24. If a single LAN has more than one subnet number, how can addresses be served on subnets other than the primary one?
A single LAN might have more than one subnet number applicable to the same set of ports (broadcast domain). Typically, one subnet is designated as primary, the others as secondary. A site may find it necessary to support addresses on more than one subnet number associated with a single interface. DHCP’s scheme for handling this is that the server has to be configured with the necessary information and has to support such configuration & allocation. Here are four cases a server might have to handle:
Dynamic allocation supported on secondary subnet numbers on the LAN to which the server is attached.
Dynamic allocation supported on secondary subnet numbers on a LAN which is handled through a DHCP/BOOTP Relay. In this case, the DHCP/BOOTP Relay sends the server a gateway address associated with the primary subnet and the server must know what to do with it.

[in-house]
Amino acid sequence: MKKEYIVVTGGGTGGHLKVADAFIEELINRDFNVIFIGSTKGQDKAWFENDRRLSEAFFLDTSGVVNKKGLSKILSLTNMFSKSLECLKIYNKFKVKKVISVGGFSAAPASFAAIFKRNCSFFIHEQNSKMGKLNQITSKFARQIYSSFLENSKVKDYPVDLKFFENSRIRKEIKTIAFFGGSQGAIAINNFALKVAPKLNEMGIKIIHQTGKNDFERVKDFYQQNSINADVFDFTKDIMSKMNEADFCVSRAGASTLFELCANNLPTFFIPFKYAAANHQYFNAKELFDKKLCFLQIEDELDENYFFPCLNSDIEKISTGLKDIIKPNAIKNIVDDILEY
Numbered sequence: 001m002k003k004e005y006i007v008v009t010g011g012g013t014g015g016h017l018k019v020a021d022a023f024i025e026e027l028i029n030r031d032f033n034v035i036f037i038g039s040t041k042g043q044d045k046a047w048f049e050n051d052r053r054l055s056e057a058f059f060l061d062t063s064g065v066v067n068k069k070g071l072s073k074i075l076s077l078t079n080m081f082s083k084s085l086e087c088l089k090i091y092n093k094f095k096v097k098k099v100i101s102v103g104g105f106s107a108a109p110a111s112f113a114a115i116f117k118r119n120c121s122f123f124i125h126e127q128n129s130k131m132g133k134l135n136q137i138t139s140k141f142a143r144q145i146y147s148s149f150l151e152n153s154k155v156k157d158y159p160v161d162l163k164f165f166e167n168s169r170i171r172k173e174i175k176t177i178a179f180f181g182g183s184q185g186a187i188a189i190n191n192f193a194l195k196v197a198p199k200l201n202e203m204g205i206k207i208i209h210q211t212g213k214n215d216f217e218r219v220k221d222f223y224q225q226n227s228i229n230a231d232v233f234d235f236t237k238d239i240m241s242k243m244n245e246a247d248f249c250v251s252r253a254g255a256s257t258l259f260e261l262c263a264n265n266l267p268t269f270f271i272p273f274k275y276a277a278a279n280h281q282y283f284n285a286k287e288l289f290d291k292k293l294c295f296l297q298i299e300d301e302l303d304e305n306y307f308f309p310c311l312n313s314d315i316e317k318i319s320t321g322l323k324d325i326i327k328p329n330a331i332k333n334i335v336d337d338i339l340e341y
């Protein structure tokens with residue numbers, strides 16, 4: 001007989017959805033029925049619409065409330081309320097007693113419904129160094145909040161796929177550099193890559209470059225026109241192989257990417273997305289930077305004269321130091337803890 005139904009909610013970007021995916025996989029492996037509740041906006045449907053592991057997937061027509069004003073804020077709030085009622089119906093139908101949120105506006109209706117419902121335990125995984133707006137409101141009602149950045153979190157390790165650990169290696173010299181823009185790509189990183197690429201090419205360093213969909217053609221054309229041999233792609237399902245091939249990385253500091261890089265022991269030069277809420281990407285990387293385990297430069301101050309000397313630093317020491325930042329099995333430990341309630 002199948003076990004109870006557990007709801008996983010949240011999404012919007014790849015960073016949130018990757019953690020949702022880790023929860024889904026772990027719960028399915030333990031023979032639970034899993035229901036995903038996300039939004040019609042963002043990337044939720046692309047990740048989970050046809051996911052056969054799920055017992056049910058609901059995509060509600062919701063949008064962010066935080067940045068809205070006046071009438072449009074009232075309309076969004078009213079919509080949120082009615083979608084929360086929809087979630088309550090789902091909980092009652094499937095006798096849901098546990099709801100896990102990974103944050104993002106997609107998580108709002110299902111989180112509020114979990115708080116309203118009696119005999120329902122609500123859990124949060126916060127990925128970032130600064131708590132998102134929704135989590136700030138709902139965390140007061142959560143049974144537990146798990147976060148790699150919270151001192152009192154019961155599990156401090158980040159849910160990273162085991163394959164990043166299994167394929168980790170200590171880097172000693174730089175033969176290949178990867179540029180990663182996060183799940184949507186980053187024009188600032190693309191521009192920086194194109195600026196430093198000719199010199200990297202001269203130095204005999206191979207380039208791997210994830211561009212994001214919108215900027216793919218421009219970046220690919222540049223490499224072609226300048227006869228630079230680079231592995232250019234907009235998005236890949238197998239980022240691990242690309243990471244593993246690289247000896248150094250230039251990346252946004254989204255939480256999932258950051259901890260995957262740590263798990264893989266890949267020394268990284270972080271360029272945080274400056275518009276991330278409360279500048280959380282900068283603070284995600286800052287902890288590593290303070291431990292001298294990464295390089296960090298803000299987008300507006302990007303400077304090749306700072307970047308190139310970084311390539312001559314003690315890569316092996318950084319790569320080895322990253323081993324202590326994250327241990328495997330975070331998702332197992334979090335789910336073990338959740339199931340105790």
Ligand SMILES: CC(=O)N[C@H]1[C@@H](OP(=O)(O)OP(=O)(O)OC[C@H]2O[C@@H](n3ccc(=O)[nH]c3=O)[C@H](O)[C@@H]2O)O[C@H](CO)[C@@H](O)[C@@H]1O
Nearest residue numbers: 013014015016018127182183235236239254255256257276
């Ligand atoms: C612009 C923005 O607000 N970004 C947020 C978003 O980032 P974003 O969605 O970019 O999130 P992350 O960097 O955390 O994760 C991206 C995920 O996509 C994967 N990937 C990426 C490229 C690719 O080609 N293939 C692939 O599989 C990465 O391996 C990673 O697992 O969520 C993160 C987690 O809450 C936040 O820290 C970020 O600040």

The other two cases are the same capabilities during manual allocation. It is possible that a particular server-implementation can handle some of these cases, but not all of them. See section below listing the capabilities of some servers.
25. If a physical LAN has more than one logical subnet, how can different groups of clients be allocated addresses on different subnets?
One way to do this is to preconfigure each client with information about what group it belongs to. A DHCP feature designed for this is the user class option. To do this, the client software must allow the user class option to be preconfigured and the server software must support its use to control which pool a client’s address is allocated from.